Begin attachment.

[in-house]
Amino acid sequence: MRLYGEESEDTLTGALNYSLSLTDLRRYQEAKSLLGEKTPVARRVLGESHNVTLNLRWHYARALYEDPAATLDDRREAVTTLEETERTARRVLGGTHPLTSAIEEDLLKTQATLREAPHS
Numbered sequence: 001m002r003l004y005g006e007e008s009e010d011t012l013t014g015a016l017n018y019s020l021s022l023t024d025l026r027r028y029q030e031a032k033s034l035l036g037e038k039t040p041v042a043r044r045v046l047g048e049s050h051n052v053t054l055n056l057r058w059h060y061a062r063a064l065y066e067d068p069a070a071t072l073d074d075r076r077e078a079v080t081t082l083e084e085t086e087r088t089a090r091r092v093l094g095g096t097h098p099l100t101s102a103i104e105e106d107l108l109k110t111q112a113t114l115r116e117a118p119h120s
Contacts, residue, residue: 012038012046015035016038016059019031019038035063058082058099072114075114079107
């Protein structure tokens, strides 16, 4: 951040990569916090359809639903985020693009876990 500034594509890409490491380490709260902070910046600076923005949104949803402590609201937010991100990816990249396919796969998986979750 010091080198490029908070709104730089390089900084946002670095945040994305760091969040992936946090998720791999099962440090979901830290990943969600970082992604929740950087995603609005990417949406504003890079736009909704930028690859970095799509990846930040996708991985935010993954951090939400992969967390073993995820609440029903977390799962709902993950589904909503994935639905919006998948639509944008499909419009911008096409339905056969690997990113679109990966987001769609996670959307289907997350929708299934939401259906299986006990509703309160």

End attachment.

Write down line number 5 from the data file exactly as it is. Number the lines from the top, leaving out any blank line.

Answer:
């Protein structure tokens, strides 16, 4: 951040990569916090359809639903985020693009876990 500034594509890409490491380490709260902070910046600076923005949104949803402590609201937010991100990816990249396919796969998986979750 010091080198490029908070709104730089390089900084946002670095945040994305760091969040992936946090998720791999099962440090979901830290990943969600970082992604929740950087995603609005990417949406504003890079736009909704930028690859970095799509990846930040996708991985935010993954951090939400992969967390073993995820609440029903977390799962709902993950589904909503994935639905919006998948639509944008499909419009911008096409339905056969690997990113679109990966987001769609996670959307289907997350929708299934939401259906299986006990509703309160």